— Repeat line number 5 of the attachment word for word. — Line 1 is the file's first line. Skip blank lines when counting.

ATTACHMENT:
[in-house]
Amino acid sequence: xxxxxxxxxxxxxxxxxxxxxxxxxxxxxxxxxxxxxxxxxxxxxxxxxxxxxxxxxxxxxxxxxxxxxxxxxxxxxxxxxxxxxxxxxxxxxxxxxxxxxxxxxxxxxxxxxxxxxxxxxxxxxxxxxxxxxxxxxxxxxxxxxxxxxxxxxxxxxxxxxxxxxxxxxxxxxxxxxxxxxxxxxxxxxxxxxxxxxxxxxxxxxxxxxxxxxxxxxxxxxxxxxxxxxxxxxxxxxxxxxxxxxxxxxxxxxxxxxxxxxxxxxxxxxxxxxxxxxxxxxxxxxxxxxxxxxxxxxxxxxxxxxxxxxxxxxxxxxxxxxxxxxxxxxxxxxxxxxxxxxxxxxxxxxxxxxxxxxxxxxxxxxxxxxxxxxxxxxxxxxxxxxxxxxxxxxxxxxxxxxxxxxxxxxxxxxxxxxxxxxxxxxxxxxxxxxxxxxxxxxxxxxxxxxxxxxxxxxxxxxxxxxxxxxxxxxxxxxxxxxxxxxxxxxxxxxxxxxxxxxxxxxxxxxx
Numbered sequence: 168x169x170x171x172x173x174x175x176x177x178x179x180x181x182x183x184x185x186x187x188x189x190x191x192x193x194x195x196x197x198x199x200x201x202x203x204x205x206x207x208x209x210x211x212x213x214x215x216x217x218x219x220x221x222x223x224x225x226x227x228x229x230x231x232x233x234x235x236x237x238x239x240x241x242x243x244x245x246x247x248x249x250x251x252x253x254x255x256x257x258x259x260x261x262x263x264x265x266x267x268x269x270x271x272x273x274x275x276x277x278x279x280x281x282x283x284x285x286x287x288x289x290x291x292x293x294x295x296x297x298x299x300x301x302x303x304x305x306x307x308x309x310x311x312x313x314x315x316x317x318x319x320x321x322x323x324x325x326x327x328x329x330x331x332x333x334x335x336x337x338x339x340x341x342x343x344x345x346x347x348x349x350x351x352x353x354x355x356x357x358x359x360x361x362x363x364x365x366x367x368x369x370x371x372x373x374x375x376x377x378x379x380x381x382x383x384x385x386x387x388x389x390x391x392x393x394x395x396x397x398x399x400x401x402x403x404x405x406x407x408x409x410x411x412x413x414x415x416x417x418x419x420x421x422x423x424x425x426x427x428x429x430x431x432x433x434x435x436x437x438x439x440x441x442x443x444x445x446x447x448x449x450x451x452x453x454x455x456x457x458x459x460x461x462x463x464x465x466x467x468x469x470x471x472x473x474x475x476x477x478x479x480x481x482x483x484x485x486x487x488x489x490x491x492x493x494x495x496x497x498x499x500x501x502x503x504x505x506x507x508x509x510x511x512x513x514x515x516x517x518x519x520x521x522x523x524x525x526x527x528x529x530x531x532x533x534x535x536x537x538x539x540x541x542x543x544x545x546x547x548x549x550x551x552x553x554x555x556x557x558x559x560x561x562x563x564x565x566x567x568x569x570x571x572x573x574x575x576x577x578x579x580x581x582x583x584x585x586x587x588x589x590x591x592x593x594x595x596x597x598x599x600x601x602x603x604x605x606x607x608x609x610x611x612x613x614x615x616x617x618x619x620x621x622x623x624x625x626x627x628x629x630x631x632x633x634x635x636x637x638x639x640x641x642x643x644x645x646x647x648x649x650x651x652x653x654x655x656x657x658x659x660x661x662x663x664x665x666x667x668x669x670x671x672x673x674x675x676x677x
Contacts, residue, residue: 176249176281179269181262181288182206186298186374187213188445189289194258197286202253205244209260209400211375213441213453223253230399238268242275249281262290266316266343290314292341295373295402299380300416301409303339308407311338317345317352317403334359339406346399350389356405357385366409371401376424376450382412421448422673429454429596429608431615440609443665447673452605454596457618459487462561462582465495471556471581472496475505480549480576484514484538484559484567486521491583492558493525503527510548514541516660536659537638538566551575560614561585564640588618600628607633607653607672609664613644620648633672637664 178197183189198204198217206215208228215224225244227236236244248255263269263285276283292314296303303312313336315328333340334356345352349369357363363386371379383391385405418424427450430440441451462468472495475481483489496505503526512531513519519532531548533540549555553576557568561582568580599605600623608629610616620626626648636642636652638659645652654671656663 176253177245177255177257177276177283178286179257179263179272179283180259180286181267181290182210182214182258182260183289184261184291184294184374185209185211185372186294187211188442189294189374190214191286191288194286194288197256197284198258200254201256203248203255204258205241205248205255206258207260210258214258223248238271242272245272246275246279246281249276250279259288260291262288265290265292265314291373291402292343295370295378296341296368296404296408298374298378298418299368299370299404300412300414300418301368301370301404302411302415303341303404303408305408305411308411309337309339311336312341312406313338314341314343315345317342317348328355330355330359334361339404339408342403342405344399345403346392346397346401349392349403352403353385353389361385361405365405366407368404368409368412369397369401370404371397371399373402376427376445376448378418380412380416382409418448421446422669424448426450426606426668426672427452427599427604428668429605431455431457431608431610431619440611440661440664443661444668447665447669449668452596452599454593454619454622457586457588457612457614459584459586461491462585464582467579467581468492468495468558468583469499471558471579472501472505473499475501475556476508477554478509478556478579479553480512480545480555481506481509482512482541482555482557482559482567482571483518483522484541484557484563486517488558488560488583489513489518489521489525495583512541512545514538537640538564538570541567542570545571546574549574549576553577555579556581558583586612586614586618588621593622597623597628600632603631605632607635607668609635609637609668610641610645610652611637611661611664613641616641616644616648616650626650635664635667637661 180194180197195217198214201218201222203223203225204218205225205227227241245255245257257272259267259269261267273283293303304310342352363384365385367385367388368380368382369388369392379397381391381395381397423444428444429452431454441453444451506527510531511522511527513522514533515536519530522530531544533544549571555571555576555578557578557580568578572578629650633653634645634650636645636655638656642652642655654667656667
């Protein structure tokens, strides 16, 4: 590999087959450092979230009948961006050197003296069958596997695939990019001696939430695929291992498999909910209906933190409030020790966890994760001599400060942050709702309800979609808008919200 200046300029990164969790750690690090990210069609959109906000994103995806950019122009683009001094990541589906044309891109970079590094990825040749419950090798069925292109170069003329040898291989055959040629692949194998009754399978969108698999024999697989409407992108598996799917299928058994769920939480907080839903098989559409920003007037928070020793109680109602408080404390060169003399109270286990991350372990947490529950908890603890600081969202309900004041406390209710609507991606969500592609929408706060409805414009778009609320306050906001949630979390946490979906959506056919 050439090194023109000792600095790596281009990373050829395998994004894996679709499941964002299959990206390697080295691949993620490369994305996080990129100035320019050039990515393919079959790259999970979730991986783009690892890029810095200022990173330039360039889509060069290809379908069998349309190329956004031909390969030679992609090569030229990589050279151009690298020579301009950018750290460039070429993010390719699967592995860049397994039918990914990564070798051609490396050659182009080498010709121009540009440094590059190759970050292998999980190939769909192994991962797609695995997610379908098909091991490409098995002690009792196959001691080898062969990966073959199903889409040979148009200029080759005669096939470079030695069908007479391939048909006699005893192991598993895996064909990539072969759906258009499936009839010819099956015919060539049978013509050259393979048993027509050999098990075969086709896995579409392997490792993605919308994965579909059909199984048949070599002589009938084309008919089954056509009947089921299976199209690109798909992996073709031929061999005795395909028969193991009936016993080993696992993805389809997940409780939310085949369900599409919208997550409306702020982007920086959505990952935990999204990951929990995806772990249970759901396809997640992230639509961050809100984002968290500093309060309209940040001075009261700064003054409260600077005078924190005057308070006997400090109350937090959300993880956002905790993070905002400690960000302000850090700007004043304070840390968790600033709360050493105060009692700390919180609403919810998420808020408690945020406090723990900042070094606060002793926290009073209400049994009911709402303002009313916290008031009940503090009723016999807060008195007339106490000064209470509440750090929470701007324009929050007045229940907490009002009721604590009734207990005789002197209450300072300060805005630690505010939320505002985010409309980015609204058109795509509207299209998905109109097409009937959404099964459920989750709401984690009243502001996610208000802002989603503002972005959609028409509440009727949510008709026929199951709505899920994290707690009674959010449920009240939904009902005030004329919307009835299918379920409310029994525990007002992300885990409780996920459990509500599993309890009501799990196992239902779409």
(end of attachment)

């Protein structure tokens, strides 16, 4: 590999087959450092979230009948961006050197003296069958596997695939990019001696939430695929291992498999909910209906933190409030020790966890994760001599400060942050709702309800979609808008919200 200046300029990164969790750690690090990210069609959109906000994103995806950019122009683009001094990541589906044309891109970079590094990825040749419950090798069925292109170069003329040898291989055959040629692949194998009754399978969108698999024999697989409407992108598996799917299928058994769920939480907080839903098989559409920003007037928070020793109680109602408080404390060169003399109270286990991350372990947490529950908890603890600081969202309900004041406390209710609507991606969500592609929408706060409805414009778009609320306050906001949630979390946490979906959506056919 050439090194023109000792600095790596281009990373050829395998994004894996679709499941964002299959990206390697080295691949993620490369994305996080990129100035320019050039990515393919079959790259999970979730991986783009690892890029810095200022990173330039360039889509060069290809379908069998349309190329956004031909390969030679992609090569030229990589050279151009690298020579301009950018750290460039070429993010390719699967592995860049397994039918990914990564070798051609490396050659182009080498010709121009540009440094590059190759970050292998999980190939769909192994991962797609695995997610379908098909091991490409098995002690009792196959001691080898062969990966073959199903889409040979148009200029080759005669096939470079030695069908007479391939048909006699005893192991598993895996064909990539072969759906258009499936009839010819099956015919060539049978013509050259393979048993027509050999098990075969086709896995579409392997490792993605919308994965579909059909199984048949070599002589009938084309008919089954056509009947089921299976199209690109798909992996073709031929061999005795395909028969193991009936016993080993696992993805389809997940409780939310085949369900599409919208997550409306702020982007920086959505990952935990999204990951929990995806772990249970759901396809997640992230639509961050809100984002968290500093309060309209940040001075009261700064003054409260600077005078924190005057308070006997400090109350937090959300993880956002905790993070905002400690960000302000850090700007004043304070840390968790600033709360050493105060009692700390919180609403919810998420808020408690945020406090723990900042070094606060002793926290009073209400049994009911709402303002009313916290008031009940503090009723016999807060008195007339106490000064209470509440750090929470701007324009929050007045229940907490009002009721604590009734207990005789002197209450300072300060805005630690505010939320505002985010409309980015609204058109795509509207299209998905109109097409009937959404099964459920989750709401984690009243502001996610208000802002989603503002972005959609028409509440009727949510008709026929199951709505899920994290707690009674959010449920009240939904009902005030004329919307009835299918379920409310029994525990007002992300885990409780996920459990509500599993309890009501799990196992239902779409």